How “Adrift” Are We? Less Than We Thought, New Studies Say

How "Adrift" Are We? Less Than We Thought, New Studies Say

In 2011, the book Academically Adrift: Limited Learning on College Campuses gripped the higher-ed world with an alarming argument: many college students, the authors asserted, aren’t really learning at all. Now two new studies are rebutting those findings.

In Academically Adrift, sociologists Richard Arum and Josipa Roksa analyzed years of data and found that 45 percent of U.S. undergraduates showed no significant improvement in the basic skills college is supposed to teach, like critical reasoning, thinking, and writing. The book’s indictment of academia was damning—and compelling. Academically Adrift has been called “the most important book on higher education in a decade.” It became a hotly debated topic among administrators and teachers across the country.

Higher-ed reformers have also used Adrift as ammunition in the debate over whether colleges should focus more on measuring productivity, slashing tuition, and favoring vocational preparation over the liberal arts. Activist Richard Vedder, who has argued that UT’s professors are unproductive, called Academically Adrift “a must-read.” And former UT lecturer Jeff Sandefer, whose “seven breakthrough solutions” fueled a continuing debate over whether colleges should be more like businesses, is also a fan.

Two new reports by Roger Benjamin, president of the Council for Aid to Education, present a different picture. Inside Higher Ed has a thorough explanation of how the studies’ methodologies differ. Overall, the new findings are much more optimistic than those from Adrift. Where Adrift found a 0.47 “effect size,” or a measure of how much students’ test scores improved from freshman to senior year, Benjamin found an effect size of 0.78—considered to be a significant difference. According to Benjamin, students do in fact significantly improve their critical thinking skills throughout college. “The notion that college doesn’t matter is inaccurate,” he told Inside Higher Ed.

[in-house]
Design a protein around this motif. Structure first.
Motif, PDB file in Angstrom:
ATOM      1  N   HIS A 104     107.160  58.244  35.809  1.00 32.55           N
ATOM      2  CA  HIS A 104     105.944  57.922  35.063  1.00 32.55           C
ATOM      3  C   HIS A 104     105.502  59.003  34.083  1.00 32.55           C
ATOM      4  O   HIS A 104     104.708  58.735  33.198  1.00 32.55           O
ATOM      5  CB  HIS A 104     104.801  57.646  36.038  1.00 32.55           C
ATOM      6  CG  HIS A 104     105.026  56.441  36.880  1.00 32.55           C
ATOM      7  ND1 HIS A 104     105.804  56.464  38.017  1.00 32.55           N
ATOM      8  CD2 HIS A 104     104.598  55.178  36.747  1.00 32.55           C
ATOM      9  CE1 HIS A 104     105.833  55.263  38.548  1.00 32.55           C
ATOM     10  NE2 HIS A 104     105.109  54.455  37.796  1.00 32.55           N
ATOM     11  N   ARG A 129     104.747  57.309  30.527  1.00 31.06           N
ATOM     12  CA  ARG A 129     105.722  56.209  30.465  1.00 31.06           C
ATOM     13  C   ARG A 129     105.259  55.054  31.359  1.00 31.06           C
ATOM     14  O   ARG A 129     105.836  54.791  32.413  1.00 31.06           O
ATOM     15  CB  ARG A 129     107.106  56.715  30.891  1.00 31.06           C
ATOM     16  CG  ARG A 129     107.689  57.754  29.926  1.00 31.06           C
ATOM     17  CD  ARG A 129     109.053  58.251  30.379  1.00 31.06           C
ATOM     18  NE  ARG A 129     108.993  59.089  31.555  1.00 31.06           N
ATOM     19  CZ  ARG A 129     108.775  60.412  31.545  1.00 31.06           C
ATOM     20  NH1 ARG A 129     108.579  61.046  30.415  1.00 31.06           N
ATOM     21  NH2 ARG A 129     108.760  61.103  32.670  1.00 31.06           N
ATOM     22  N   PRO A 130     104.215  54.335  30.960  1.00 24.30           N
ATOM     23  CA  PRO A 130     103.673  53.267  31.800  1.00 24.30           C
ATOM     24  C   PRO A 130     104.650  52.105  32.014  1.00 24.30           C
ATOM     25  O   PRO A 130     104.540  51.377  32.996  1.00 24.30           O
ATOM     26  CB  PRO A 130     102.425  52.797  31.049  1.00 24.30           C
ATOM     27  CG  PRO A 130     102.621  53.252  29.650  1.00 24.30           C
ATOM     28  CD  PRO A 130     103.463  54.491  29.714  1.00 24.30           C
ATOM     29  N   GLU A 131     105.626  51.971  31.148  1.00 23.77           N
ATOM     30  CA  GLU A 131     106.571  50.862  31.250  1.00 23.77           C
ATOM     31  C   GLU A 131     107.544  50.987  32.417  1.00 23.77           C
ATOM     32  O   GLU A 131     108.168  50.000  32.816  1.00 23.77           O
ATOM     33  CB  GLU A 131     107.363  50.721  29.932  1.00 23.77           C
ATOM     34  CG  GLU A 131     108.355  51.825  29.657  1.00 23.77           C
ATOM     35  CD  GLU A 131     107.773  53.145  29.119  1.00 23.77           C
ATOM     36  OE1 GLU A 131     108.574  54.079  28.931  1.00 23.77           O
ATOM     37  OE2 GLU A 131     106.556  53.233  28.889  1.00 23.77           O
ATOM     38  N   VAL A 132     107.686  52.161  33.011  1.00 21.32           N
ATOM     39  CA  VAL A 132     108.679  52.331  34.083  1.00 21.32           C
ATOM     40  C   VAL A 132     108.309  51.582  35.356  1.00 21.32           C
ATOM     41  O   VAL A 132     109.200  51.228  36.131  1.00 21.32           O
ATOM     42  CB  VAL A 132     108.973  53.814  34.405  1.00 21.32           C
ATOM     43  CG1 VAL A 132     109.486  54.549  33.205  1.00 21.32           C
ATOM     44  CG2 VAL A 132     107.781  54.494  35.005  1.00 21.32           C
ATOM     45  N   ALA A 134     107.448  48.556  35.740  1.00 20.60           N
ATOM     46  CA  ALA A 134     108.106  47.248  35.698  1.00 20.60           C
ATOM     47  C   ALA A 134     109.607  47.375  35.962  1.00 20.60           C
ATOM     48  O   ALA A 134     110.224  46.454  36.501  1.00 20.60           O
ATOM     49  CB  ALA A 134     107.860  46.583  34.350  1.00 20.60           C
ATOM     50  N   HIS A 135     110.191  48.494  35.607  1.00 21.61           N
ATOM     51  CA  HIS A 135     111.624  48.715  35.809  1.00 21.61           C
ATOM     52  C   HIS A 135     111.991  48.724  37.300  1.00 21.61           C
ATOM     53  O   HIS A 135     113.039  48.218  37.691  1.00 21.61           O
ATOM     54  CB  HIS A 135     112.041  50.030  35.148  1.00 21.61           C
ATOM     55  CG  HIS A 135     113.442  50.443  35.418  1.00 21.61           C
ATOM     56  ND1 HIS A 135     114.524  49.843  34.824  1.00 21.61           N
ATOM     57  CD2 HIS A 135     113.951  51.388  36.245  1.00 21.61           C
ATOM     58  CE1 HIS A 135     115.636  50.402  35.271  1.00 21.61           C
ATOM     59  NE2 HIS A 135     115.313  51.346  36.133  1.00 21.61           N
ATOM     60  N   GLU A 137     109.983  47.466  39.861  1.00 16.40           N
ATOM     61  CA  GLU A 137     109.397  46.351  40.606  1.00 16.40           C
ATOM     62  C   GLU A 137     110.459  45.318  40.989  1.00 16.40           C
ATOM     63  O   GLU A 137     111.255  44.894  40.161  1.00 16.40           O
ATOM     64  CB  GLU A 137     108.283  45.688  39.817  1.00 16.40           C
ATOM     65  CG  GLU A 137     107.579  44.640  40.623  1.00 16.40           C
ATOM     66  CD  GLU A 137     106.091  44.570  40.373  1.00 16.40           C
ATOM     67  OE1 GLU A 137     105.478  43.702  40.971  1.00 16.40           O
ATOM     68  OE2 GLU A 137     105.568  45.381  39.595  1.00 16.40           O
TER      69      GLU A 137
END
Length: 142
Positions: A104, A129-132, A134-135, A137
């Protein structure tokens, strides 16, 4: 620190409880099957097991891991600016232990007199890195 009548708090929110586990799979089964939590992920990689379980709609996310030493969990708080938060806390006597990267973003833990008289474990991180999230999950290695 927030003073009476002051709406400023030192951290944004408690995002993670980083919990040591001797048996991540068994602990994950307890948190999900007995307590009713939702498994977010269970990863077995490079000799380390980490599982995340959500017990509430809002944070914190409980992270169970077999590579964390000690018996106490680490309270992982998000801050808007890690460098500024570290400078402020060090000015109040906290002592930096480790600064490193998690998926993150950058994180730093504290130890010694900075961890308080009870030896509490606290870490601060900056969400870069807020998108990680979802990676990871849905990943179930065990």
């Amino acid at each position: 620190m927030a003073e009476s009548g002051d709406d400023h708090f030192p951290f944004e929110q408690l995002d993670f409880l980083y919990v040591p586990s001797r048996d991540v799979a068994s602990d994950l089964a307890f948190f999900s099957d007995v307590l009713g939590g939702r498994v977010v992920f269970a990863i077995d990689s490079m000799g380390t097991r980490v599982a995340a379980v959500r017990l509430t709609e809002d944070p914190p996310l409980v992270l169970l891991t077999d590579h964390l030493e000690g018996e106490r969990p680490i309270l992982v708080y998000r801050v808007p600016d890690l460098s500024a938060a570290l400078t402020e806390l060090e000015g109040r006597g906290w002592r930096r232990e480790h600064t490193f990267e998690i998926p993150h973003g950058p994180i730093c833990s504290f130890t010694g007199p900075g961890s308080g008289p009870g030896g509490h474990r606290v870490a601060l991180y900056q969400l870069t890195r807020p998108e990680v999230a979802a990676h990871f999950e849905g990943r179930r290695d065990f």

It’s also worth noting that the Council for Aid to Education produces the Collegiate Learning Assessment, the standardized test upon which Academically Adrift relied heavily for measuring student learning.

Such big questions as how beneficial attending college is and how to measure its impact are unlikely to ever be resolved with a single set of studies. Benjamin has made clear that he didn’t intend his work as a takedown of Adrift, calling the new studies “a more nuanced story.” In an interview with the Chronicle of Higher Education, he also made clear his belief that students are in fact learning: “College does have significant effects from freshman to graduating-senior levels,” Benjamin said.

Photo courtesy of “” via Flickr.


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